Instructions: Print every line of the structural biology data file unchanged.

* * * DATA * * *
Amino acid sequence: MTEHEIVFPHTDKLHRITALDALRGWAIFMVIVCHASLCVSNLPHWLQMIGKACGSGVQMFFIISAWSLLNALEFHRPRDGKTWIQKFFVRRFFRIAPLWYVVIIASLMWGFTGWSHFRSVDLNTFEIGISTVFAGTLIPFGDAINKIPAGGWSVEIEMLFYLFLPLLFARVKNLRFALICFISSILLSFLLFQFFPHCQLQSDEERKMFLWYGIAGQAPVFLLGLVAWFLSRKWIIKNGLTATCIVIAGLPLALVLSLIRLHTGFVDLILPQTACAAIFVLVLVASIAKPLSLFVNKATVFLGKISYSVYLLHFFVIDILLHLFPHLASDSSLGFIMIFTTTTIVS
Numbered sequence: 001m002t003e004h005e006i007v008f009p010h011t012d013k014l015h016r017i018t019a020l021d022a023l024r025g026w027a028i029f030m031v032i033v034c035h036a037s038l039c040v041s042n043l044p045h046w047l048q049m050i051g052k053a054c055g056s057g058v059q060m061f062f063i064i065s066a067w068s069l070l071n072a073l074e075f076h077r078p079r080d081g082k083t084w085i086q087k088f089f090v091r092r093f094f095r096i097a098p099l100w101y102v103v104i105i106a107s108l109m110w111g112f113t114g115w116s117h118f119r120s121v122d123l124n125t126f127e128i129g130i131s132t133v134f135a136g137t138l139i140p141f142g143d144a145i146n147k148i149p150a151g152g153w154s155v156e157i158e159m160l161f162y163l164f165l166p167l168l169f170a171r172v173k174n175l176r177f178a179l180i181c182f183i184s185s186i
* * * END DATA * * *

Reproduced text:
Amino acid sequence: MTEHEIVFPHTDKLHRITALDALRGWAIFMVIVCHASLCVSNLPHWLQMIGKACGSGVQMFFIISAWSLLNALEFHRPRDGKTWIQKFFVRRFFRIAPLWYVVIIASLMWGFTGWSHFRSVDLNTFEIGISTVFAGTLIPFGDAINKIPAGGWSVEIEMLFYLFLPLLFARVKNLRFALICFISSILLSFLLFQFFPHCQLQSDEERKMFLWYGIAGQAPVFLLGLVAWFLSRKWIIKNGLTATCIVIAGLPLALVLSLIRLHTGFVDLILPQTACAAIFVLVLVASIAKPLSLFVNKATVFLGKISYSVYLLHFFVIDILLHLFPHLASDSSLGFIMIFTTTTIVS
Numbered sequence: 001m002t003e004h005e006i007v008f009p010h011t012d013k014l015h016r017i018t019a020l021d022a023l024r025g026w027a028i029f030m031v032i033v034c035h036a037s038l039c040v041s042n043l044p045h046w047l048q049m050i051g052k053a054c055g056s057g058v059q060m061f062f063i064i065s066a067w068s069l070l071n072a073l074e075f076h077r078p079r080d081g082k083t084w085i086q087k088f089f090v091r092r093f094f095r096i097a098p099l100w101y102v103v104i105i106a107s108l109m110w111g112f113t114g115w116s117h118f119r120s121v122d123l124n125t126f127e128i129g130i131s132t133v134f135a136g137t138l139i140p141f142g143d144a145i146n147k148i149p150a151g152g153w154s155v156e157i158e159m160l161f162y163l164f165l166p167l168l169f170a171r172v173k174n175l176r177f178a179l180i181c182f183i184s185s186i